Includes a report, c/o the FT, that the Trump administration is considering bypassing normal US regulatory standards to fast-track an experimental coronavirus vaccine from the UK for use in America ahead of the presidential election, according to three people briefed on the plan. One option being explored to speed up the availability of a vaccine would involve the US Food and Drug Administration (FDA) awarding “emergency use authorisation” (EUA) in October to a vaccine being developed in a partnership between AstraZeneca and Oxford university, based on the results from a relatively small UK study if it is successful, the people said. This news follows claims by President Trump that members of the ‘deep state’ in the FDA are slowing down the progress of a vaccine to sabotage his re-election bid.
As foreshadowed last week the House of Representatives passed legislation to address concerns about the U.S. Postal Service. The bill would provide $25 billion in emergency funds to shore up the U.S. Postal Service and halt any changes to the agency’s operation until after the November presidential election. The vote came just one day after the USPS’s newly appointed boss, Postmaster General Louis DeJoy, testified before a Senate committee on Friday, reassuring lawmakers that his agency could handle the expected influx of mail-in ballots. The Bill is unlikely to be taken up by the Senate, besides which President Trump on Friday said he would veto it.
Will be the weekend press reports on Friday’s national cabinet meeting in which RBA Governor Philp Lowe said the states and territories need to inject another $40bn (~2% of GDP) into job-creating infrastructure. According to the Weekend Australian, Dr Lowe and Treasury secretary Steven Kennedy briefed state and territory leaders on the economic outlook, warning that unemployment was forecast to stay above 7 per cent for the next two years. The economic briefing came as parliament’s independent budget watchdog issued a warning about the nation’s debt levels, revealing that Australia’s net debt burden was estimated to be up to $800bn higher than would have been the case without the COVID-19 crisis. Three policy priority areas were identified by Dr Lowe: the provision of income support through programs such as JobKeeper and JobSeeker; the development of infrastructure and training programs across the areas of energy, transport, housing, schools and hospitals; and the implementation of measures to ease the cost of doing business.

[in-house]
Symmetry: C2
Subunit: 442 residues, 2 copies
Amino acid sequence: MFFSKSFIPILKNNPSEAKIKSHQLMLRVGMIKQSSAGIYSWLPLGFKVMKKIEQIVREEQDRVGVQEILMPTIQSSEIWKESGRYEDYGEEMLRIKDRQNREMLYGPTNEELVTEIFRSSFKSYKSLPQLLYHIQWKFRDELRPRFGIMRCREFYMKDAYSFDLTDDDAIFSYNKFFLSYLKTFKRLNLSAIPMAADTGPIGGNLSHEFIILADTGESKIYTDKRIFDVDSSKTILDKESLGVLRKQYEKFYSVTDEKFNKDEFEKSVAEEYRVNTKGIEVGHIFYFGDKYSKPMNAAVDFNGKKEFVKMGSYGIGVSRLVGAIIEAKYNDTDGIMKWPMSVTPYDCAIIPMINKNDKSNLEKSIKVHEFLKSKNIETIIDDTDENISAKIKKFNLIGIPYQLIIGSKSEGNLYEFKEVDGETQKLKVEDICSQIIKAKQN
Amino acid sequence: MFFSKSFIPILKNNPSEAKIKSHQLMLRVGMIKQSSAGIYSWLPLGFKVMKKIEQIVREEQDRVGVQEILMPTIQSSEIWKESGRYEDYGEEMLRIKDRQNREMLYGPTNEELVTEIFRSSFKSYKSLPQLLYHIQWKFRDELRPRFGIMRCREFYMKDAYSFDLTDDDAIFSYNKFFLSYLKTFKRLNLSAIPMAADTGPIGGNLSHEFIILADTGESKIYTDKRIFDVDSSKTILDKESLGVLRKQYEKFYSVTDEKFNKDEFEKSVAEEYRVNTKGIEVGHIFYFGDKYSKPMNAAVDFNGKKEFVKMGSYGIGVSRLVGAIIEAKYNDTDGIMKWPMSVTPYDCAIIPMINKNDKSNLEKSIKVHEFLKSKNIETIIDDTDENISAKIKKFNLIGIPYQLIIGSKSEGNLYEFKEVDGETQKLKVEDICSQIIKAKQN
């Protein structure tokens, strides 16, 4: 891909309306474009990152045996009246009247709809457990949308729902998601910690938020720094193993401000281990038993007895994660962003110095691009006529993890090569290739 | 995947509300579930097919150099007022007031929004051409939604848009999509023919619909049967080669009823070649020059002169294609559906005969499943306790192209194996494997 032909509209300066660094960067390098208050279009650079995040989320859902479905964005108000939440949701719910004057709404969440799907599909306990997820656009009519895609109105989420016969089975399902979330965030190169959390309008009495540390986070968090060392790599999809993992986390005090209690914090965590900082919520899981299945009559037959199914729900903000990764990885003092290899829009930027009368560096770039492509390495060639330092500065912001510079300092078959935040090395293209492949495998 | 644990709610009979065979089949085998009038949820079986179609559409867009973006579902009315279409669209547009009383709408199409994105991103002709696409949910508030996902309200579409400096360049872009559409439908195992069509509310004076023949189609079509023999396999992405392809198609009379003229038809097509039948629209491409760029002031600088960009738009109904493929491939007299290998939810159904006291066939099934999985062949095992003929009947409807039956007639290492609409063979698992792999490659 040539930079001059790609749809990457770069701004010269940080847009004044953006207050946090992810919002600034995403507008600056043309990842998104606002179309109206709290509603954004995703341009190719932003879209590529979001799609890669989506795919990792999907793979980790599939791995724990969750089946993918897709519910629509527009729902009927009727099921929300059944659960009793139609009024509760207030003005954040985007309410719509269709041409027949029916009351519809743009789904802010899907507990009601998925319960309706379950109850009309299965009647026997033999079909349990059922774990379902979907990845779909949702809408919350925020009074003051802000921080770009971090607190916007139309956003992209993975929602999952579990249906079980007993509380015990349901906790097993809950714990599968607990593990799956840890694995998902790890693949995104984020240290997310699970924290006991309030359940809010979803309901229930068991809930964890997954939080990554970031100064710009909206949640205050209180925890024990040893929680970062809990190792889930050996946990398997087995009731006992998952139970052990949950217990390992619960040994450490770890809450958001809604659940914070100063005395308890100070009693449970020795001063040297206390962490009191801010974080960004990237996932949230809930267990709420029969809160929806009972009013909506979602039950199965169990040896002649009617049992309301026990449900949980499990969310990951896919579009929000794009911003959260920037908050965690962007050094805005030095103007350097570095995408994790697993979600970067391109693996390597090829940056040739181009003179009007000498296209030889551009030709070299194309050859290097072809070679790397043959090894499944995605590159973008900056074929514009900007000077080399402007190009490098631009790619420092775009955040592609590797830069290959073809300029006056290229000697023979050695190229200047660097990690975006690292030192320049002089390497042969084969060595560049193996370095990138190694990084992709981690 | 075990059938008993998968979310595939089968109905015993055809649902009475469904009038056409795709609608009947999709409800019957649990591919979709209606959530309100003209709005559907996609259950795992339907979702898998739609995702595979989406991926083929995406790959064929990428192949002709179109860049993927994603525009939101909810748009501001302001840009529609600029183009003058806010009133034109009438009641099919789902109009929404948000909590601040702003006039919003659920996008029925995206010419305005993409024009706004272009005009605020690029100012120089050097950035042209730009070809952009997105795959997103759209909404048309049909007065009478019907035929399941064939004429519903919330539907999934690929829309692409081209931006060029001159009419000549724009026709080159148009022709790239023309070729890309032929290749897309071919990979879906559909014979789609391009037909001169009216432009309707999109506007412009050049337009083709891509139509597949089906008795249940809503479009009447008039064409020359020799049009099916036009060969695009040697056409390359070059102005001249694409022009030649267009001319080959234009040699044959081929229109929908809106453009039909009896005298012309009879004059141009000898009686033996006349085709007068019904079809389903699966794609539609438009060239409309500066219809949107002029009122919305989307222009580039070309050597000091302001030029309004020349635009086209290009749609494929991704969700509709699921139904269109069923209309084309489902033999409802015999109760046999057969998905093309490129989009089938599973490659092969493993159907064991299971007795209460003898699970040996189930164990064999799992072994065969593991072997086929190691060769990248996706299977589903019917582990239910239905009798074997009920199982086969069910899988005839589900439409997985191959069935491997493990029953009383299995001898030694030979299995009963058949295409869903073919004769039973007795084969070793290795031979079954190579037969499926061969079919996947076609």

“The level of commonwealth investment in fiscal intervention in this crisis is well over 15 per cent of our economy,” Mr Morrison said. “As a share of state product, the states in total (have committed) around 2.5 per cent…but the Reserve Bank governor called on the states and territories today to lift their fiscal investment over the next two years in programs of the nature that I’ve outlined … to the tune of 2 per cent of GDP or $40bn over the next two years. Dr Lowe told state and territory leaders they could absorb the debt required to fund the additional $40bn in spending. Mr Morrison said: “I would support that view. The expenditure, of course, needs to be purposeful. It needs to be targeted. It needs to go where it’s going to have the best effect.” Ratings agencies backed the call from the central bank. Standard & Poor’s Global Ratings analyst Anthony Walker said: “State government balance sheets have plenty of room to accommodate additional infrastructure investment.”